The 303C in 2013 saw the installation of the Seidenstrasse, the congress pneumatic tube system. Inspired by the OCTO installation at the 2013 transmediale festival, which I wrote about here, the Seidenstrasse was installed in the main congress building, using 2 kilometers of tubing. In the lead up to the event, participants were instructed as follows:
Without YOUR capsules Seidenstrasse cannot work – bring one, two, many! Lighting is mandatory, since it makes debugging much easier in case a capsule gets stuck. The possibilities range from capsules made from plastic bottles (cheap and simple) to 3D printed or encrypted capsules. Old vacuum cleaners, leaf blowers and the like are also welcome – please remember to build some kind of noise isolation if you bring a device for blowing or vacuuming ...

For the whole thing to be fun, creative hacker solutions and wild love of experimentation are needed. Some hackerspaces, including Chaos inKL. in Kaiserslautern, Raumfahrtagentur in Berlin, or the protolab in Kleinmachnow are already hacking and making. There are still a lot of unsolved problems left though, waiting for a smart hack: For example solutions for crossing fire emergency doors, which can not be blocked by pipes. The capsules could at these places e.g. fly through the air and be vacuumed in again, or be transported by human or robotic messengers.

Installations for (semi) automatic capsule routing would be rad, or installation details for the switching nodes, or solutions for hanging the pipes at the ceiling, or concepts for Onion Routing, Hidden Servides and so on. Also still missing are capsule counters for network traffic analysis (for the SOC report on day 4).

For this we hope for broad participation by the Chaos family and hacker spaces. You have always wanted a pneumatic post system between the rooms of your space, right? :-)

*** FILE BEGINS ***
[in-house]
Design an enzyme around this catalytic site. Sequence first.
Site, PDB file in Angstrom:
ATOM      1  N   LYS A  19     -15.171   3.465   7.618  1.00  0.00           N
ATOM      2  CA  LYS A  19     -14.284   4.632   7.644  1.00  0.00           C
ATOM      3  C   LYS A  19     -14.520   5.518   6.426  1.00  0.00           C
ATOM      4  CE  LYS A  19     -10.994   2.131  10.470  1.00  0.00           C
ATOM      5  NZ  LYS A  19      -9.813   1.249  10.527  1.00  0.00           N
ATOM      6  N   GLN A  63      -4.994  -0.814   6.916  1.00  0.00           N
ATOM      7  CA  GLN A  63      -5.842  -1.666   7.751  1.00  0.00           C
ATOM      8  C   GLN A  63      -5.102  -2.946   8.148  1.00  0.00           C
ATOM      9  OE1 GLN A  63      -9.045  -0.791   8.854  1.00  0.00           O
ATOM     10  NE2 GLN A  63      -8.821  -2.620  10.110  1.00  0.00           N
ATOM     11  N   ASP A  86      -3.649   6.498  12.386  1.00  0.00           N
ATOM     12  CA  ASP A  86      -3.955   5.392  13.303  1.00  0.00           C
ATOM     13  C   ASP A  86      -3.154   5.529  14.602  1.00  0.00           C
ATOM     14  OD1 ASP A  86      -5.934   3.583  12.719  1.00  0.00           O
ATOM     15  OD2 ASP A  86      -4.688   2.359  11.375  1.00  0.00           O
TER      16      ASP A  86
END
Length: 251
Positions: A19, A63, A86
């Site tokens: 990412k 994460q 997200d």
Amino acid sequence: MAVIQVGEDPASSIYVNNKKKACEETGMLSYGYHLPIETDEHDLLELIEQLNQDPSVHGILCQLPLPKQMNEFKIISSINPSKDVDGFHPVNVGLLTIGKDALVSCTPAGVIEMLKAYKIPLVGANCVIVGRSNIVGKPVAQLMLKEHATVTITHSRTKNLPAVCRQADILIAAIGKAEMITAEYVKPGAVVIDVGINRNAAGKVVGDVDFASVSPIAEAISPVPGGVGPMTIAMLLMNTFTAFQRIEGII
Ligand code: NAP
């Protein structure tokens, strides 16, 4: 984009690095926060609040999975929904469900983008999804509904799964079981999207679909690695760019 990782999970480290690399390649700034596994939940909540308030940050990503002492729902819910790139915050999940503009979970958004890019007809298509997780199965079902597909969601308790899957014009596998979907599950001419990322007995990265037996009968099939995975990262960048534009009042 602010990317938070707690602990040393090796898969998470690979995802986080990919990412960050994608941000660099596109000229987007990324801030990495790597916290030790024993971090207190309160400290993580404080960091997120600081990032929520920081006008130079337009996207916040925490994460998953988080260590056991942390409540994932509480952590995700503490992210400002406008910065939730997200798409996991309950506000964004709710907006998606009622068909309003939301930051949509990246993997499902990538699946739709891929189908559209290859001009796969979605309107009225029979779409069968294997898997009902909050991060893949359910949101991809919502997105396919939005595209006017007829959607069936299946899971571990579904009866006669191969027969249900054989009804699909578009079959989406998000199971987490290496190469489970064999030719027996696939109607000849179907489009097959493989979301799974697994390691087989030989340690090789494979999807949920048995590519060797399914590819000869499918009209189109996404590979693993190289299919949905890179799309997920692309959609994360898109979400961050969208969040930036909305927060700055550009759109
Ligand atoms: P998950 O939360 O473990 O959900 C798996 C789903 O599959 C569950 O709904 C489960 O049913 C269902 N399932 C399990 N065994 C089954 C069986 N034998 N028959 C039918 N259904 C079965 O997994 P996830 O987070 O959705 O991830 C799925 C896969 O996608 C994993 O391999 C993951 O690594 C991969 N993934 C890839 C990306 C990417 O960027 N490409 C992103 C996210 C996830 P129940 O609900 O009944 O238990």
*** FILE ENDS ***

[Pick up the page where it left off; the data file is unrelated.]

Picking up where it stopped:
If anyone who reads this post was at the congress and even sent off a capsule, I would love to hear what it was like!

You can read more about the Silk Road experiment on the Chaos Computer Club website here.

Thanks very much to Thomas for telling me about Hyperface, and Stefan for sending me the links for the Seidenstrasse.

Stefan also sent me a link to a German blogpost by Leitmedium about the Rohrpost exhibit in the communications museum in Berlin, which German speakers and readers may be interested in. You can read it here.

Image used under the Creative Commons licence from Robert Anders' Flikr photostream.

Wednesday, January 4, 2017

messages at sea

Happy 2017! As we look to the year ahead, a message from the past, from my pre-Christmas inbox, thanks to Patryk. This time he takes me to 1960, to the classic war film Sink the Bismark! Central to the action and the quest to sink that ship, prominently positioned in the headquarters of the British Admiralty, is a large as life Lamson tube system.
Messages come and go, arriving in the background as characters plot and strategise. Apparently the tubes play an important role in catching the Bismark. I am only halfway through the movie so far, so I am yet to find out how, but you can see for yourself here:

Thanks again Patryk for another piece of fantastic pneumatic post!